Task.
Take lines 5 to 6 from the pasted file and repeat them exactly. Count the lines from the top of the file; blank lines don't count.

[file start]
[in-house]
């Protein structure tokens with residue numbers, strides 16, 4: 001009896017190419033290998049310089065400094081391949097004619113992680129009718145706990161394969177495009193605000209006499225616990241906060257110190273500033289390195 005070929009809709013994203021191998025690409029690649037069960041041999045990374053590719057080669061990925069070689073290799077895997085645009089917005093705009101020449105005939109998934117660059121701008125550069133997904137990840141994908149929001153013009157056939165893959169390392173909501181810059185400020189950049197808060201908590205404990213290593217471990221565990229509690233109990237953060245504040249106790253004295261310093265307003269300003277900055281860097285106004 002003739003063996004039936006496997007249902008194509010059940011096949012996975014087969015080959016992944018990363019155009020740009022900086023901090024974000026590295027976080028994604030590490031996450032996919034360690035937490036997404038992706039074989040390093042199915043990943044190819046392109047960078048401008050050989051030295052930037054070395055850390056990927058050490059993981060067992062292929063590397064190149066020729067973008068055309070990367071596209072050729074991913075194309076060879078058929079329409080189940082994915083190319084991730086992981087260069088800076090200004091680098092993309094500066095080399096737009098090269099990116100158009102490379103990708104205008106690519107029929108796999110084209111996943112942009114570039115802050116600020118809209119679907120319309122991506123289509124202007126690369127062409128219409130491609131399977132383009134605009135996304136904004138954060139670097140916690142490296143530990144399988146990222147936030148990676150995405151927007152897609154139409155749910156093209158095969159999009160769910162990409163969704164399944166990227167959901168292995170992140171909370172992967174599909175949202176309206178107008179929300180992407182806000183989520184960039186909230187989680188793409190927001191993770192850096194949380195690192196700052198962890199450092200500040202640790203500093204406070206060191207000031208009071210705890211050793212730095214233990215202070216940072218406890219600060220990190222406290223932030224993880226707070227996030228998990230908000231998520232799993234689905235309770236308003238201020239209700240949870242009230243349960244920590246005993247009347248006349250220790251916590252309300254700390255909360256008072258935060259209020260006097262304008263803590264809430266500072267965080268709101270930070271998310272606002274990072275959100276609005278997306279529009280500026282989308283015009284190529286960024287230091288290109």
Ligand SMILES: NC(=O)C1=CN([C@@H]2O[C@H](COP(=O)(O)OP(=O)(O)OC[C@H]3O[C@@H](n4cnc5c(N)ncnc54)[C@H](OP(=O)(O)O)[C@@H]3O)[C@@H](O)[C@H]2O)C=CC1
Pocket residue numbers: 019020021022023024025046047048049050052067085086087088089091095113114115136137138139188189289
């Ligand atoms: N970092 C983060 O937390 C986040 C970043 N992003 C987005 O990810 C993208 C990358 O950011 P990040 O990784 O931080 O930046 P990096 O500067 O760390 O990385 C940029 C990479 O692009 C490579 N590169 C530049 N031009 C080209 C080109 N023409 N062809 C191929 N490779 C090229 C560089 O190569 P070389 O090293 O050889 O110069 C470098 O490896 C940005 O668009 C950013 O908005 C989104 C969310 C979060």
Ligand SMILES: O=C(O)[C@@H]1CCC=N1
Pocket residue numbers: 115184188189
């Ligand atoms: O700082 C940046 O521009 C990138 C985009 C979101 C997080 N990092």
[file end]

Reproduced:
């Ligand atoms: N970092 C983060 O937390 C986040 C970043 N992003 C987005 O990810 C993208 C990358 O950011 P990040 O990784 O931080 O930046 P990096 O500067 O760390 O990385 C940029 C990479 O692009 C490579 N590169 C530049 N031009 C080209 C080109 N023409 N062809 C191929 N490779 C090229 C560089 O190569 P070389 O090293 O050889 O110069 C470098 O490896 C940005 O668009 C950013 O908005 C989104 C969310 C979060």
Ligand SMILES: O=C(O)[C@@H]1CCC=N1